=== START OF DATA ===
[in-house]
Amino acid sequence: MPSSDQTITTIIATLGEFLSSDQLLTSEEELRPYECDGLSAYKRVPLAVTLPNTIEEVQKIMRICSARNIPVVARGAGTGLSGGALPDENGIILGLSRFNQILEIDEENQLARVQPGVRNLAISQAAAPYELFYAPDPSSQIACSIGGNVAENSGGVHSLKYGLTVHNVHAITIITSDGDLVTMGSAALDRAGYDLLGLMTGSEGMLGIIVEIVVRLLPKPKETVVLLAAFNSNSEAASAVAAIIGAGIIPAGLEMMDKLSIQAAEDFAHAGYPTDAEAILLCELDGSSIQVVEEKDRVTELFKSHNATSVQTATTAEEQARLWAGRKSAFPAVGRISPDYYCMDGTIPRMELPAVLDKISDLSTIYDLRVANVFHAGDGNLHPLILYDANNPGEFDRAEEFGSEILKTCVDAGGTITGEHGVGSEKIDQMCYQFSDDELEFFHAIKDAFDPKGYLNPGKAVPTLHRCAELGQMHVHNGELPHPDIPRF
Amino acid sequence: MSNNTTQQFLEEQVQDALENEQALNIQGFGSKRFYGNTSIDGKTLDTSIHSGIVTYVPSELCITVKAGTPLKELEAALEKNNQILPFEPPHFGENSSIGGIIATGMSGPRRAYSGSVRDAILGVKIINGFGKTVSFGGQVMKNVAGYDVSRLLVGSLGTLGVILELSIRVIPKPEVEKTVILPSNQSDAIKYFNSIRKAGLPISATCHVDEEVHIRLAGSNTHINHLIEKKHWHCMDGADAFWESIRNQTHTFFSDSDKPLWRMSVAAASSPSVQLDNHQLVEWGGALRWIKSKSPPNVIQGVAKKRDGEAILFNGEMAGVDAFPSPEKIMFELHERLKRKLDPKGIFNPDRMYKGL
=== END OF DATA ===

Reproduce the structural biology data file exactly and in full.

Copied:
[in-house]
Amino acid sequence: MPSSDQTITTIIATLGEFLSSDQLLTSEEELRPYECDGLSAYKRVPLAVTLPNTIEEVQKIMRICSARNIPVVARGAGTGLSGGALPDENGIILGLSRFNQILEIDEENQLARVQPGVRNLAISQAAAPYELFYAPDPSSQIACSIGGNVAENSGGVHSLKYGLTVHNVHAITIITSDGDLVTMGSAALDRAGYDLLGLMTGSEGMLGIIVEIVVRLLPKPKETVVLLAAFNSNSEAASAVAAIIGAGIIPAGLEMMDKLSIQAAEDFAHAGYPTDAEAILLCELDGSSIQVVEEKDRVTELFKSHNATSVQTATTAEEQARLWAGRKSAFPAVGRISPDYYCMDGTIPRMELPAVLDKISDLSTIYDLRVANVFHAGDGNLHPLILYDANNPGEFDRAEEFGSEILKTCVDAGGTITGEHGVGSEKIDQMCYQFSDDELEFFHAIKDAFDPKGYLNPGKAVPTLHRCAELGQMHVHNGELPHPDIPRF
Amino acid sequence: MSNNTTQQFLEEQVQDALENEQALNIQGFGSKRFYGNTSIDGKTLDTSIHSGIVTYVPSELCITVKAGTPLKELEAALEKNNQILPFEPPHFGENSSIGGIIATGMSGPRRAYSGSVRDAILGVKIINGFGKTVSFGGQVMKNVAGYDVSRLLVGSLGTLGVILELSIRVIPKPEVEKTVILPSNQSDAIKYFNSIRKAGLPISATCHVDEEVHIRLAGSNTHINHLIEKKHWHCMDGADAFWESIRNQTHTFFSDSDKPLWRMSVAAASSPSVQLDNHQLVEWGGALRWIKSKSPPNVIQGVAKKRDGEAILFNGEMAGVDAFPSPEKIMFELHERLKRKLDPKGIFNPDRMYKGL